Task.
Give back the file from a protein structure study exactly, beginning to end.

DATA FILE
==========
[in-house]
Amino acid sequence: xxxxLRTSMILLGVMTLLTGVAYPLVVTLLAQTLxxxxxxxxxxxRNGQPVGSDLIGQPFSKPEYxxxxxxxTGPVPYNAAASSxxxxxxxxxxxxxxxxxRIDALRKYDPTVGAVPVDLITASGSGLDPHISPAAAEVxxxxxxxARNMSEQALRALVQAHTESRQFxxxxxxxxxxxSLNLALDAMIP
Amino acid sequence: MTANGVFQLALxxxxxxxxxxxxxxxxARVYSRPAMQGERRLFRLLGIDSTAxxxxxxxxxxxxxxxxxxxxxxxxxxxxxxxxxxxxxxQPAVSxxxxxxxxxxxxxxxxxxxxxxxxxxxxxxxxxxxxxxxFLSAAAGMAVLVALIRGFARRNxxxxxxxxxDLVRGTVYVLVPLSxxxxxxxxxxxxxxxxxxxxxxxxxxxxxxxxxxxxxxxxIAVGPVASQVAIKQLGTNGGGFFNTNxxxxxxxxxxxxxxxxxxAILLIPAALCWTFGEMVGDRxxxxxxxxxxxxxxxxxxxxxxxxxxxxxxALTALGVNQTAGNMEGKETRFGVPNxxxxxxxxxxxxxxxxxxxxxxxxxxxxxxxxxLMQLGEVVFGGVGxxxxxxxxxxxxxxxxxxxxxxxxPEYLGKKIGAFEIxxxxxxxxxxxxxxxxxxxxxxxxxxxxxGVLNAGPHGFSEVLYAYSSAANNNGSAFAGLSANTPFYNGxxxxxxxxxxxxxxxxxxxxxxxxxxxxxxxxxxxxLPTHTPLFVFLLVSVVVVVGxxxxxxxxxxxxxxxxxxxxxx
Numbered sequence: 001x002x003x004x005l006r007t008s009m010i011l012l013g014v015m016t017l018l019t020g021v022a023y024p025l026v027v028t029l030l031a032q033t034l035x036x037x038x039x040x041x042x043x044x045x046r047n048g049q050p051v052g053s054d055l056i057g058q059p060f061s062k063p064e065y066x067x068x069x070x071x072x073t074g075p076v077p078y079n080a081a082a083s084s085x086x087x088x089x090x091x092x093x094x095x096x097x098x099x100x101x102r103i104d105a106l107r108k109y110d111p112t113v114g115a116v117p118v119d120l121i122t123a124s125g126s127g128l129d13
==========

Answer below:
[in-house]
Amino acid sequence: xxxxLRTSMILLGVMTLLTGVAYPLVVTLLAQTLxxxxxxxxxxxRNGQPVGSDLIGQPFSKPEYxxxxxxxTGPVPYNAAASSxxxxxxxxxxxxxxxxxRIDALRKYDPTVGAVPVDLITASGSGLDPHISPAAAEVxxxxxxxARNMSEQALRALVQAHTESRQFxxxxxxxxxxxSLNLALDAMIP
Amino acid sequence: MTANGVFQLALxxxxxxxxxxxxxxxxARVYSRPAMQGERRLFRLLGIDSTAxxxxxxxxxxxxxxxxxxxxxxxxxxxxxxxxxxxxxxQPAVSxxxxxxxxxxxxxxxxxxxxxxxxxxxxxxxxxxxxxxxFLSAAAGMAVLVALIRGFARRNxxxxxxxxxDLVRGTVYVLVPLSxxxxxxxxxxxxxxxxxxxxxxxxxxxxxxxxxxxxxxxxIAVGPVASQVAIKQLGTNGGGFFNTNxxxxxxxxxxxxxxxxxxAILLIPAALCWTFGEMVGDRxxxxxxxxxxxxxxxxxxxxxxxxxxxxxxALTALGVNQTAGNMEGKETRFGVPNxxxxxxxxxxxxxxxxxxxxxxxxxxxxxxxxxLMQLGEVVFGGVGxxxxxxxxxxxxxxxxxxxxxxxxPEYLGKKIGAFEIxxxxxxxxxxxxxxxxxxxxxxxxxxxxxGVLNAGPHGFSEVLYAYSSAANNNGSAFAGLSANTPFYNGxxxxxxxxxxxxxxxxxxxxxxxxxxxxxxxxxxxxLPTHTPLFVFLLVSVVVVVGxxxxxxxxxxxxxxxxxxxxxx
Numbered sequence: 001x002x003x004x005l006r007t008s009m010i011l012l013g014v015m016t017l018l019t020g021v022a023y024p025l026v027v028t029l030l031a032q033t034l035x036x037x038x039x040x041x042x043x044x045x046r047n048g049q050p051v052g053s054d055l056i057g058q059p060f061s062k063p064e065y066x067x068x069x070x071x072x073t074g075p076v077p078y079n080a081a082a083s084s085x086x087x088x089x090x091x092x093x094x095x096x097x098x099x100x101x102r103i104d105a106l107r108k109y110d111p112t113v114g115a116v117p118v119d120l121i122t123a124s125g126s127g128l129d13